–Continued Signs of U.S. Economic Recovery
By Brai Odion-Esene
WASHINGTON (MNI) – St. Louis Federal Reserve President James
Bullard warned Thursday that a potential sovereign credit default poses
a risk to the continued economic recovery in the United States.
Noting ongoing signs the economy is healing, Bullard said the one
risk to the outlook is the fallout from potential sovereign debt default
as conditions continue to deteriorate in Greece and other countries.
He pointed to the rising costs of sovereign debt protection in
Greece, as well as in Portugal, Spain and Italy.
Bullard also voiced concern about the debt burdens of U.S. states,
noting the high debt to personal income ratio of the 10 most populous
In remarks to the Century Club at Washington University’s Olin
Business School, Bullard noted the growing number of economic indicators
showing improvement, such as employment growth, manufacturing, vehicle
sales and consumer spending.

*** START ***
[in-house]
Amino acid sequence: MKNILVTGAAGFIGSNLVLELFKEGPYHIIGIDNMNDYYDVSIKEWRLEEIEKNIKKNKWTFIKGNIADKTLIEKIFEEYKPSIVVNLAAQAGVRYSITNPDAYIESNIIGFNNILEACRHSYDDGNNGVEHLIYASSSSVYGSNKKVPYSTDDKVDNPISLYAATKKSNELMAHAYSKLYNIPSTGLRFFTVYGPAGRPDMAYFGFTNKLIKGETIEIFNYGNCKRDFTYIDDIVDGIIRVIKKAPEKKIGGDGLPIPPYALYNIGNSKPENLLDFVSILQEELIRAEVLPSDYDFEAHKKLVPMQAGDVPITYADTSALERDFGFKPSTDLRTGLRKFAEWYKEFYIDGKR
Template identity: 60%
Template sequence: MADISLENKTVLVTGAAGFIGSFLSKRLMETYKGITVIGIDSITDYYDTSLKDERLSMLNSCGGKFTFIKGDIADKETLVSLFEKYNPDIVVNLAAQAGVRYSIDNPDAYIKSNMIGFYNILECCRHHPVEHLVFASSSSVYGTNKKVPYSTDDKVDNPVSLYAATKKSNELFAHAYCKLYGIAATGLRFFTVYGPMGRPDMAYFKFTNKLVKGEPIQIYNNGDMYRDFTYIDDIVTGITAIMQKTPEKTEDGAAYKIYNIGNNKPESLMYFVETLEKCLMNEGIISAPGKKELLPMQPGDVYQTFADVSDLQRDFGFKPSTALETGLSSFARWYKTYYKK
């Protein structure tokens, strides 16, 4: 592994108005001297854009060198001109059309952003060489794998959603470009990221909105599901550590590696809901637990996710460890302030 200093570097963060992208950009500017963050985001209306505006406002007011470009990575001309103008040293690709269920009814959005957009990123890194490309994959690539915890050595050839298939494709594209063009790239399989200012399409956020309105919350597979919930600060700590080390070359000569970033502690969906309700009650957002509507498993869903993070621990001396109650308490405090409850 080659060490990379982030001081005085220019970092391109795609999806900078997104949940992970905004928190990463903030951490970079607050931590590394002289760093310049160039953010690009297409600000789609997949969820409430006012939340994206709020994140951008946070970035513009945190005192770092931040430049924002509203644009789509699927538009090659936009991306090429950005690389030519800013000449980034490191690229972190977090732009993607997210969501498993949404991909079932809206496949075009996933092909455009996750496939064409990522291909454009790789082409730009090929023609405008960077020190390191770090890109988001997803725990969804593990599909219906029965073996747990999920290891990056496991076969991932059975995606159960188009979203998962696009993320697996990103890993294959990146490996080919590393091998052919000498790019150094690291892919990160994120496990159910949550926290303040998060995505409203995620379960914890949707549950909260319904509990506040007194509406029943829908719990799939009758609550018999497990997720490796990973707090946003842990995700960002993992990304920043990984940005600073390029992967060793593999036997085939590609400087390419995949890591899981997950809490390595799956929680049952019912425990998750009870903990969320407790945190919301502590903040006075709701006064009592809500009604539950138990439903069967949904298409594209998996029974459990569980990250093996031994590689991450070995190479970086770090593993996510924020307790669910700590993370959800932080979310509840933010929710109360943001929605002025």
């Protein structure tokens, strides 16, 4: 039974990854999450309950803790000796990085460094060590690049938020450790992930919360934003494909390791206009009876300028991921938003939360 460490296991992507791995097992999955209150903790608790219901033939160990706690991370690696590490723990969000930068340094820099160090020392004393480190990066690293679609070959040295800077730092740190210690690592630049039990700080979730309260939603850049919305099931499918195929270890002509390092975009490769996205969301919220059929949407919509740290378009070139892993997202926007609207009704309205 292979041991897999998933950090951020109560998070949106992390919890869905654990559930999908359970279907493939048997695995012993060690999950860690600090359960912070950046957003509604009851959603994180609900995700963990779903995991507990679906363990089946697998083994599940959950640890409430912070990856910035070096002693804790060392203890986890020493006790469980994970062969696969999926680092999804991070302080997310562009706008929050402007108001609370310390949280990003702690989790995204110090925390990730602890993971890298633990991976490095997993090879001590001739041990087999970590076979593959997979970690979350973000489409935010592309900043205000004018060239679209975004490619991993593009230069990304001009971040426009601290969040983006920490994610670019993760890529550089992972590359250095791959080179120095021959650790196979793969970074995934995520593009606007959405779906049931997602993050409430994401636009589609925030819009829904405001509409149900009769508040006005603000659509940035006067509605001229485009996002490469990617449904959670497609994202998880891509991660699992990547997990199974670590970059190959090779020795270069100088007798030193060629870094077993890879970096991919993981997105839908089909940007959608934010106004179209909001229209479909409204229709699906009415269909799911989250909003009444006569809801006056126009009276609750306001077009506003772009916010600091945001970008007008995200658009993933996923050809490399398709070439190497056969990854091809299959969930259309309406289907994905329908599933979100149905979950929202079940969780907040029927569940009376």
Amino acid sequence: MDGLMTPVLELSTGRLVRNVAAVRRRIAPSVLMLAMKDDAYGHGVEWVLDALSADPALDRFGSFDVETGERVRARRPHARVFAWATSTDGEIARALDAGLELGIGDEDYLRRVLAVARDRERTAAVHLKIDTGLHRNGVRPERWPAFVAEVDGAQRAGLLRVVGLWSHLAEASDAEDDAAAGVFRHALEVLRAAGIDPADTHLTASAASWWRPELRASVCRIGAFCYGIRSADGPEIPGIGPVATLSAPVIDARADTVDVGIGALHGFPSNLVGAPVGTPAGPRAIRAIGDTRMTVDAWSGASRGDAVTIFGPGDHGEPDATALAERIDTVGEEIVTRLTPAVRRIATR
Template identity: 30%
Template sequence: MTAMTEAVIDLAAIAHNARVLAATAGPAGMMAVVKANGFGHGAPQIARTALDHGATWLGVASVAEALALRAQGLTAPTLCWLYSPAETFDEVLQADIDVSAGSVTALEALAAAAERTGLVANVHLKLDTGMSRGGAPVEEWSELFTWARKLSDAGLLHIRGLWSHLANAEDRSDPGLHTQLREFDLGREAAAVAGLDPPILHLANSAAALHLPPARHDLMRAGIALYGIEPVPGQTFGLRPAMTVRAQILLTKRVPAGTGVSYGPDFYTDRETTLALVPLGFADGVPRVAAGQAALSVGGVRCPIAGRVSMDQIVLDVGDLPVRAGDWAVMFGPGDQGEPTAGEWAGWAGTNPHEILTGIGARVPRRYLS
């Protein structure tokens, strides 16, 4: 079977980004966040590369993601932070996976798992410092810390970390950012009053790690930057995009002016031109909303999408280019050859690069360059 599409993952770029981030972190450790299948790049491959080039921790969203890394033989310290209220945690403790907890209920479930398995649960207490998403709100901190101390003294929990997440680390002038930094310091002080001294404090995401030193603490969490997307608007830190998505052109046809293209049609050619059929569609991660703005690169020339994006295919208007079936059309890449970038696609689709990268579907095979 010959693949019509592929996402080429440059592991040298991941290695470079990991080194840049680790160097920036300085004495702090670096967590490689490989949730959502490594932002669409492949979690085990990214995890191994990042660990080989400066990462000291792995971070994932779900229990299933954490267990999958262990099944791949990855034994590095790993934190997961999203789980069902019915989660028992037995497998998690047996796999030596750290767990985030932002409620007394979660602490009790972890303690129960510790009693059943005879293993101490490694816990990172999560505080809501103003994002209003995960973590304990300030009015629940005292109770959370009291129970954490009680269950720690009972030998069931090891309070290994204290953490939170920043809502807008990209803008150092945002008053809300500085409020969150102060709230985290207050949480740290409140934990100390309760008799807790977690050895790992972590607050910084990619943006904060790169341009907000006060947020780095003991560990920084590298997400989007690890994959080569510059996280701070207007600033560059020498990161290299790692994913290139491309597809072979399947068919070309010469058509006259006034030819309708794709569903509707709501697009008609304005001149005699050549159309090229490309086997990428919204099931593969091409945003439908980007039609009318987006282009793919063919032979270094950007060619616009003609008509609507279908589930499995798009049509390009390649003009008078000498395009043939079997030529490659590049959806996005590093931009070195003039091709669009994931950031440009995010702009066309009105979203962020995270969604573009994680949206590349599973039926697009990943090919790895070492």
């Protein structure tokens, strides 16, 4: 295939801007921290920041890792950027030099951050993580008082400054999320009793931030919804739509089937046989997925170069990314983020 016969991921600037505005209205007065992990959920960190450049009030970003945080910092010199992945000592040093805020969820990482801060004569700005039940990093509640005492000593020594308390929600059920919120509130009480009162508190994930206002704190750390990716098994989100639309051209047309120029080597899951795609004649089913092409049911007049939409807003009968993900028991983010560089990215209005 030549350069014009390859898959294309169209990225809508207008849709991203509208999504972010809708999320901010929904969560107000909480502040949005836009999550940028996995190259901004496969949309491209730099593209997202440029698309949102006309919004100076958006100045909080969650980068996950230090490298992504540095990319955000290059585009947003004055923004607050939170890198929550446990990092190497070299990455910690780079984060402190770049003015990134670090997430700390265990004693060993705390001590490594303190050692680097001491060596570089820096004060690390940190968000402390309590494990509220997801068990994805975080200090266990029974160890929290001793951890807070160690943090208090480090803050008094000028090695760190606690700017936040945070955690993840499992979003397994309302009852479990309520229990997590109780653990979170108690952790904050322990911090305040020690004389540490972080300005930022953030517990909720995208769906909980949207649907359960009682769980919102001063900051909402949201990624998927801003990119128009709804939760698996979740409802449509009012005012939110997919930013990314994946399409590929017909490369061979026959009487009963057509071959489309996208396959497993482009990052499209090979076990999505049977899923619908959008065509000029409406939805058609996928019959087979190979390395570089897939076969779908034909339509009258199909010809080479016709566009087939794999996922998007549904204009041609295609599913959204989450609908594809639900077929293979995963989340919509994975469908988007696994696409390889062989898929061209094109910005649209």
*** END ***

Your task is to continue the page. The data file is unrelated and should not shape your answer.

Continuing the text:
“There are continued signs of recovery. GDP growth has been
positive for three consecutive quarters,” Bullard said. “Manufacturing
has rebounded, and labor market conditions are slowly improving.”
However, the high unemployment rate, the corporate bond market as
well as the absence of a rebound in residential and non-residential
construction remain negatives for the U.S. economy, Bullard said.
Turning to the current debate in Congress about U.S. financial
regulatory reform, Bullard called for the Federal Reserve to retain its
“The Fed should continue to supervise state member banks and bank
holding companies of all sizes. Understanding the entire financial
landscape helps the Fed make sound monetary policy decisions,” Bullard
He argued that the Fed’s regional structure is designed to keep
some power out of New York and Washington and allow for input on key
policy questions from around the U.S.
“It is important that the Fed remain connected with Main Street
America, and not become biased toward the very large, mostly New
York-based institutions,” he said.
Bullard also warned that current proposals for auditing monetary
policy could diminish the independence of the Fed.
“Erosion of Fed independence could result in a 1970s-style period
of volatility. The consequences for the U.S. and the global economy
would be large,” Bullard said.
** Market News International Washington Bureau: 202-371-2121 **